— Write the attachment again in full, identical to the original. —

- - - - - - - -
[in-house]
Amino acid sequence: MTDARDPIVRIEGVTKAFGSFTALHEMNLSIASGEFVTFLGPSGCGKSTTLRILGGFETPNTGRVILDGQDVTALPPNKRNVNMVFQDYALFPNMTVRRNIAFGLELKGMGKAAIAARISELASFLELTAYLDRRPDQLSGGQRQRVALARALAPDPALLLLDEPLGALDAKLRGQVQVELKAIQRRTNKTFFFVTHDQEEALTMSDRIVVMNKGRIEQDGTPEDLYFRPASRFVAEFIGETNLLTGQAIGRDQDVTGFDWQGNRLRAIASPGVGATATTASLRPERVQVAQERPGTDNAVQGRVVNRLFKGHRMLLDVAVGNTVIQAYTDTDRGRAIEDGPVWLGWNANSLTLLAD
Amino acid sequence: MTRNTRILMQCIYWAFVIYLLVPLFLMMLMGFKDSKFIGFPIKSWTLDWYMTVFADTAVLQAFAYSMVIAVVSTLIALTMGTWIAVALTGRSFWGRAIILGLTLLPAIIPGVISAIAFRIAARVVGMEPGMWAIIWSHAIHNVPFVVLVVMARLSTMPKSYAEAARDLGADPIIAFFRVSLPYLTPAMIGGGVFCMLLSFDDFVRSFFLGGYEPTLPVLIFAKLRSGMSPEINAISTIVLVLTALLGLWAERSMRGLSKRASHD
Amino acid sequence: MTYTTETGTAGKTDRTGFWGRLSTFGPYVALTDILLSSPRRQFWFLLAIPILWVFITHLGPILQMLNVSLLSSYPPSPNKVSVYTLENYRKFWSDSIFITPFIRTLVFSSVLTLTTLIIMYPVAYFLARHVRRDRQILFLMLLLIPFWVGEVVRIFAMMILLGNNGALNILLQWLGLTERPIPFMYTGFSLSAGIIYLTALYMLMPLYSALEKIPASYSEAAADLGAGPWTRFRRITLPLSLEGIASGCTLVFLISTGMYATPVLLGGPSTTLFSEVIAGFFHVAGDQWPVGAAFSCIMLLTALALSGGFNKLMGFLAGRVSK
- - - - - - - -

[in-house]
Amino acid sequence: MTDARDPIVRIEGVTKAFGSFTALHEMNLSIASGEFVTFLGPSGCGKSTTLRILGGFETPNTGRVILDGQDVTALPPNKRNVNMVFQDYALFPNMTVRRNIAFGLELKGMGKAAIAARISELASFLELTAYLDRRPDQLSGGQRQRVALARALAPDPALLLLDEPLGALDAKLRGQVQVELKAIQRRTNKTFFFVTHDQEEALTMSDRIVVMNKGRIEQDGTPEDLYFRPASRFVAEFIGETNLLTGQAIGRDQDVTGFDWQGNRLRAIASPGVGATATTASLRPERVQVAQERPGTDNAVQGRVVNRLFKGHRMLLDVAVGNTVIQAYTDTDRGRAIEDGPVWLGWNANSLTLLAD
Amino acid sequence: MTRNTRILMQCIYWAFVIYLLVPLFLMMLMGFKDSKFIGFPIKSWTLDWYMTVFADTAVLQAFAYSMVIAVVSTLIALTMGTWIAVALTGRSFWGRAIILGLTLLPAIIPGVISAIAFRIAARVVGMEPGMWAIIWSHAIHNVPFVVLVVMARLSTMPKSYAEAARDLGADPIIAFFRVSLPYLTPAMIGGGVFCMLLSFDDFVRSFFLGGYEPTLPVLIFAKLRSGMSPEINAISTIVLVLTALLGLWAERSMRGLSKRASHD
Amino acid sequence: MTYTTETGTAGKTDRTGFWGRLSTFGPYVALTDILLSSPRRQFWFLLAIPILWVFITHLGPILQMLNVSLLSSYPPSPNKVSVYTLENYRKFWSDSIFITPFIRTLVFSSVLTLTTLIIMYPVAYFLARHVRRDRQILFLMLLLIPFWVGEVVRIFAMMILLGNNGALNILLQWLGLTERPIPFMYTGFSLSAGIIYLTALYMLMPLYSALEKIPASYSEAAADLGAGPWTRFRRITLPLSLEGIASGCTLVFLISTGMYATPVLLGGPSTTLFSEVIAGFFHVAGDQWPVGAAFSCIMLLTALALSGGFNKLMGFLAGRVSK